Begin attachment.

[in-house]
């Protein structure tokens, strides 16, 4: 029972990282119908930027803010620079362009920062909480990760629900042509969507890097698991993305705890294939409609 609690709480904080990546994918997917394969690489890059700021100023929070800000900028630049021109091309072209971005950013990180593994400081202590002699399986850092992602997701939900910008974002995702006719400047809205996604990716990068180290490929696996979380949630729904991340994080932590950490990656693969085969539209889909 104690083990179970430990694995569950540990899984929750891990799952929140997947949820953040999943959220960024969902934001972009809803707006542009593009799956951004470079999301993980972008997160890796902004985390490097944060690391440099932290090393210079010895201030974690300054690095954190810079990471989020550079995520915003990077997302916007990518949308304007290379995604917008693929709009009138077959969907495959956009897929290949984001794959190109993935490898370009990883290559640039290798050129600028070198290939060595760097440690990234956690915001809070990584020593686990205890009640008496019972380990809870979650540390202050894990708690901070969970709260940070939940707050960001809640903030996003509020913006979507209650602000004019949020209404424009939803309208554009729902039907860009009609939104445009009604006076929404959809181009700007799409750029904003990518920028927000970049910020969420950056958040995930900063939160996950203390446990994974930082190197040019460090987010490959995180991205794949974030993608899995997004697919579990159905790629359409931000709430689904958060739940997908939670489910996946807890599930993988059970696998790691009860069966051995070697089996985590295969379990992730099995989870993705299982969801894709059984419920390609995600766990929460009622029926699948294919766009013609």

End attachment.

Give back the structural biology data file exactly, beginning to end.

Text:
[in-house]
């Protein structure tokens, strides 16, 4: 029972990282119908930027803010620079362009920062909480990760629900042509969507890097698991993305705890294939409609 609690709480904080990546994918997917394969690489890059700021100023929070800000900028630049021109091309072209971005950013990180593994400081202590002699399986850092992602997701939900910008974002995702006719400047809205996604990716990068180290490929696996979380949630729904991340994080932590950490990656693969085969539209889909 104690083990179970430990694995569950540990899984929750891990799952929140997947949820953040999943959220960024969902934001972009809803707006542009593009799956951004470079999301993980972008997160890796902004985390490097944060690391440099932290090393210079010895201030974690300054690095954190810079990471989020550079995520915003990077997302916007990518949308304007290379995604917008693929709009009138077959969907495959956009897929290949984001794959190109993935490898370009990883290559640039290798050129600028070198290939060595760097440690990234956690915001809070990584020593686990205890009640008496019972380990809870979650540390202050894990708690901070969970709260940070939940707050960001809640903030996003509020913006979507209650602000004019949020209404424009939803309208554009729902039907860009009609939104445009009604006076929404959809181009700007799409750029904003990518920028927000970049910020969420950056958040995930900063939160996950203390446990994974930082190197040019460090987010490959995180991205794949974030993608899995997004697919579990159905790629359409931000709430689904958060739940997908939670489910996946807890599930993988059970696998790691009860069966051995070697089996985590295969379990992730099995989870993705299982969801894709059984419920390609995600766990929460009622029926699948294919766009013609």